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The 'Clean Plate Club' is evil and I refuse to be a member

Dr Orlena Kerek is a pediatric doctor and mother of four young children. She writes about developing healthy habits from an early age, especially healthy eating habits. She believes in fun healthy food the stress free way.

She is the auth...

'You can have dessert when you've finished your vegetables' is outdated, says science

Ever tried any of these on your kids? "Just one more mouthful!" "You can have dessert when you've finished your vegetables." Or the famous Clean Plate Club. How did that work for you? If you're among the millions of parents whose kids don't belong to the Clean Plate Club and don't eat all their veggies, take heart.

While these words may have peppered your own childhood, there are some very positive reasons why the Clean Plate Club is no longer considered the best way to teach your children to eat healthfully. I could show you a myriad of studies — all demonstrating that forcing your children to eat serves only to get the plate pushed further away, or in the extreme can lead to obesity.

Don't we already know that shouting and demanding is no way to entice people to do things? You know what they say. You can lead a horse to water, but you can't make children eat broccoli.

Which leads me to my second point. Why do we want our kids to eat all their broccoli, so that when they are full up we can let them overeat on dessert? What are we trying to teach them? That you can eat chocolate, as long as you eat a tree of broccoli first? That you should eat even when you don't feel hungry?

In the past, these techniques may have been thought to work. In which case society would have been left with a legacy of healthy eating adults. That is clearly not the case. Yes, you may have survived childhood and grown into an adult who eats "grown-up food," but do you eat healthfully? Do you overeat?

Chances are, that if you live in the developed world, the answer is "yes," you do overeat. We have been trained as a nation to eat what is put in front of us. More often than not, that's junk food. The statistics speak for themselves. In the USA more than one third of adults are obese and nearly 20 percent of children have weight problems. So much for the benefits of the Clean Plate Club.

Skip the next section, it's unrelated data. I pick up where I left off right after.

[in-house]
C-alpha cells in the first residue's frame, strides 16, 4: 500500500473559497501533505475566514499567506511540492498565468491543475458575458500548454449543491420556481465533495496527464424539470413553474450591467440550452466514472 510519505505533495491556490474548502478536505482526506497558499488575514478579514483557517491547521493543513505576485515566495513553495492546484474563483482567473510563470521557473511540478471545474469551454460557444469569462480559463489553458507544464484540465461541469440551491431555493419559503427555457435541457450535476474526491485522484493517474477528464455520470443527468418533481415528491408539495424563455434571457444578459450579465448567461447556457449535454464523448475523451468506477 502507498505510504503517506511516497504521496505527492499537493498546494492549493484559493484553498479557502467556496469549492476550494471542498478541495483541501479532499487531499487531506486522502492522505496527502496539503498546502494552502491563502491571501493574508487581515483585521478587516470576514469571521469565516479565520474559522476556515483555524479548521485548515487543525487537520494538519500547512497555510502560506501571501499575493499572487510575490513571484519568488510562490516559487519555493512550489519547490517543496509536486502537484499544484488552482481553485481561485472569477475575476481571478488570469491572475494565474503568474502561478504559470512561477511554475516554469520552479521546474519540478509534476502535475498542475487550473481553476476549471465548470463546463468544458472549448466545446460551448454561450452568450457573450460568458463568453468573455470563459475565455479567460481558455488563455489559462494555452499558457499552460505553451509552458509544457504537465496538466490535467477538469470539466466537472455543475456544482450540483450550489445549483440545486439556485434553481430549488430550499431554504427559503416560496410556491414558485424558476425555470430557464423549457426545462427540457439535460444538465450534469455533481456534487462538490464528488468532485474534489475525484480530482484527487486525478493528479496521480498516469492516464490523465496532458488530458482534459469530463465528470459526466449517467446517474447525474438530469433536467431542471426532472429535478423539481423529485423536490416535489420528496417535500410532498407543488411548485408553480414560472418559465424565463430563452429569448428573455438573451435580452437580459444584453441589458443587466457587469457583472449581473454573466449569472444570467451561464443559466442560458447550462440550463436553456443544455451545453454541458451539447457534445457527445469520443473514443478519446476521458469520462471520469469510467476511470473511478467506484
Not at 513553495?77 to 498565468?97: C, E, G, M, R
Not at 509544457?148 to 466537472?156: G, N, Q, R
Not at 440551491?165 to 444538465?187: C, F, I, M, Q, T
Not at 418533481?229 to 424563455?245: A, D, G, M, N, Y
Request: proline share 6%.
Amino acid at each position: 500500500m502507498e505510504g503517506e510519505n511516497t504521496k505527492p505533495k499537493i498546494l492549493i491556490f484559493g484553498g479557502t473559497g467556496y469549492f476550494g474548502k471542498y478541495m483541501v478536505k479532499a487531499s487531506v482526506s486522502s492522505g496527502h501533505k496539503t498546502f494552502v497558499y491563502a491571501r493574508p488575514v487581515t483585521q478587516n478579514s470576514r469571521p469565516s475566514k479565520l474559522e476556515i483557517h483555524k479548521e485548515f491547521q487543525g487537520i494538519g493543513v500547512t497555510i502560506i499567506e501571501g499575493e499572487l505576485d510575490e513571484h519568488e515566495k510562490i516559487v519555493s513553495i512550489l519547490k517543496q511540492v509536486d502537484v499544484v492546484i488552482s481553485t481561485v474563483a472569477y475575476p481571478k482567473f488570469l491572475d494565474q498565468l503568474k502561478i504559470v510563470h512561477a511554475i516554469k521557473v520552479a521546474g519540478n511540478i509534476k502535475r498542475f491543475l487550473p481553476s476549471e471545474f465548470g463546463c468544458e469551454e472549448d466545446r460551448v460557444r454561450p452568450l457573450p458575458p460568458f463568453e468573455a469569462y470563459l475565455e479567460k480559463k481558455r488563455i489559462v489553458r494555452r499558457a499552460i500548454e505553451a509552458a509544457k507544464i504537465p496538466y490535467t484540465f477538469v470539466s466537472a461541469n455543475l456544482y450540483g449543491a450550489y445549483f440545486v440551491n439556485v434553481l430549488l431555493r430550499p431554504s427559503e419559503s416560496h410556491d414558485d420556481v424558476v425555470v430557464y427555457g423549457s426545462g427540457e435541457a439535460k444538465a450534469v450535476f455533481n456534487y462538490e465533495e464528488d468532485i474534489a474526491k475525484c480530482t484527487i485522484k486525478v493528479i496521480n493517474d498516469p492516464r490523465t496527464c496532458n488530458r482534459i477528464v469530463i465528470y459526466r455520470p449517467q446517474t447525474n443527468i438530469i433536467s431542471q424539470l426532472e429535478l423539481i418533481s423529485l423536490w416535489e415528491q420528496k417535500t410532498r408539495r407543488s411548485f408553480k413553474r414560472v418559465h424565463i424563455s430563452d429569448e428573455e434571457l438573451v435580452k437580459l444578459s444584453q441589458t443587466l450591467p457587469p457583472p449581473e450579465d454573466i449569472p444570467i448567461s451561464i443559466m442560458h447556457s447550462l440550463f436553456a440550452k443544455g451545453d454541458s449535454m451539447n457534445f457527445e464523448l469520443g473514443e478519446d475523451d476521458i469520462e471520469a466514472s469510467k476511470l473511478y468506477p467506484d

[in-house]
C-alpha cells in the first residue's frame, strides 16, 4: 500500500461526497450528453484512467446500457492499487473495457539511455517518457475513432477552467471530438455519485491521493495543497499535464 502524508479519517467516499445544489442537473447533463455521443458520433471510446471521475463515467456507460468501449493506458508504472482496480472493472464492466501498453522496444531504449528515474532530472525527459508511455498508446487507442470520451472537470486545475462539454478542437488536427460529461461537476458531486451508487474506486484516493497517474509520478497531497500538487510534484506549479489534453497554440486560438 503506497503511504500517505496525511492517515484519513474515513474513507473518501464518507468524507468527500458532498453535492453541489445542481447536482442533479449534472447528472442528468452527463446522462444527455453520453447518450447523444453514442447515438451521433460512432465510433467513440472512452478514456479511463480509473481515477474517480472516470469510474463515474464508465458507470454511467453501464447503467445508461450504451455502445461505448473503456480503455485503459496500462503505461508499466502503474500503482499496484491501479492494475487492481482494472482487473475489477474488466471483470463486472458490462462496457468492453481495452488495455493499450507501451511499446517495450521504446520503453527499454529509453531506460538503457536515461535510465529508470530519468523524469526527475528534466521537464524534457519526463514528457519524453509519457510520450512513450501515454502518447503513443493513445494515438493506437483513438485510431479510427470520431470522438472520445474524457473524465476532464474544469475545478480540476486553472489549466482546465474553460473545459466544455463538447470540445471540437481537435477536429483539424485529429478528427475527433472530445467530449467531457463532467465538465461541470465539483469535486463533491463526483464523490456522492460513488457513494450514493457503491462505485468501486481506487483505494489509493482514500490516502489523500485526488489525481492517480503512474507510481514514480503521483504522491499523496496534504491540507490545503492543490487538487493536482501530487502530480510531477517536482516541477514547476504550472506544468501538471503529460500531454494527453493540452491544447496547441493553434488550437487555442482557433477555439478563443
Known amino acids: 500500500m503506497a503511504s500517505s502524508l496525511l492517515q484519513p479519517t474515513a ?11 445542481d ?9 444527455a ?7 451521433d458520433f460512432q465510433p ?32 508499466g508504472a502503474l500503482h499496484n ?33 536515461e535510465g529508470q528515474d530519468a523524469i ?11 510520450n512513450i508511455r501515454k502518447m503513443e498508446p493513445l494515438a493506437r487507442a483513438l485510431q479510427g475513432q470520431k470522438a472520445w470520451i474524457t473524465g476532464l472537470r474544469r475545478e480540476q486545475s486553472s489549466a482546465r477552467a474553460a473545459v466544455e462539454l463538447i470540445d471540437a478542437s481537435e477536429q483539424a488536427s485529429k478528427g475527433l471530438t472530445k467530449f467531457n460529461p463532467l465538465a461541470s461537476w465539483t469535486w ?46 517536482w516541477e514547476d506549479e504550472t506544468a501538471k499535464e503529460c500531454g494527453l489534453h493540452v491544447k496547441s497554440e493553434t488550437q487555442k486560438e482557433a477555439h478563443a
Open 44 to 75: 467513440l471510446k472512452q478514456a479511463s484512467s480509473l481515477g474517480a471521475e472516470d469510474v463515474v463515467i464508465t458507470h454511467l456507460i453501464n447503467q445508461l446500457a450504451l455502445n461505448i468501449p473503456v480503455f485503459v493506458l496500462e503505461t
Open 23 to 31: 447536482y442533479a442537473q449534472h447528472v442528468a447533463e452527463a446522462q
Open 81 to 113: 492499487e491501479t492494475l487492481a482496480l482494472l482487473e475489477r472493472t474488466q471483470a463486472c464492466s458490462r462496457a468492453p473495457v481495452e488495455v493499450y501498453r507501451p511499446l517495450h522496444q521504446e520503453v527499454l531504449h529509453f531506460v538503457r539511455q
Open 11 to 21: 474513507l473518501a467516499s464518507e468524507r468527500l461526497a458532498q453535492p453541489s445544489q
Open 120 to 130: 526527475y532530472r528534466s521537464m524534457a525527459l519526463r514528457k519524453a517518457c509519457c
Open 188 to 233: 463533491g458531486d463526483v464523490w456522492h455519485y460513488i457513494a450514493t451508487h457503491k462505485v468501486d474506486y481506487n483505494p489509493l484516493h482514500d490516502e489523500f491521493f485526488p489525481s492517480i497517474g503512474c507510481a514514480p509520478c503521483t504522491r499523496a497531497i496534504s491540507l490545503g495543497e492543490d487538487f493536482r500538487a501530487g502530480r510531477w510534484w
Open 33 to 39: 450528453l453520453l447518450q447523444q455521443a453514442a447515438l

Nowadays, parents find themselves in a conundrum. They lead busy lives, juggling family life with work life. We want it all. We want to work hard, to earn lots and have time to connect with our children. We forget that a fundamental part of that is feeding our children. We know they ought to eat good food, they ought to eat something green. That's what all the books say, right? But we don't know how to go about it. We have shifted from a society that revolves around the dinner table to a life led speeding from one play date to the next. Food is something that comes in little packets that we use as bribery to keep them quiet in between appointments.

No wonder so many of them aren't keen on their veggies. They're brimming with the type of artificial calories that glow.

So how can you get your kids to enjoy their veggies? Is it even possible, given our hectic lives? Yes, it's remarkably easy when you know how.

My guess, if you're like most people, is that we're looking at a case of "too much junk and not enough veggies." That's an easy one to solve. Cut the junk, give them veggies. Let them know they don't have to eat anything they don't want to. Just make sure you don't give them junk instead.

"But they don't eat the veggies!" you wail. They will. They don't have to eat all their veggies all the time, but if you give them healthy food throughout the day, they will eat some of it, even if it's only the bits they like. That's fine. It's a start. They don't have to eat broccoli at dinner time if they've been eating well the rest of the day. If they've been filling up on healthy food all day and they aren't hungry for dinner, let them not eat.

Teach them good habits and learn to trust them, and we will grow a national of healthy eaters who will enjoy all the long-term health benefits of a healthy diet.

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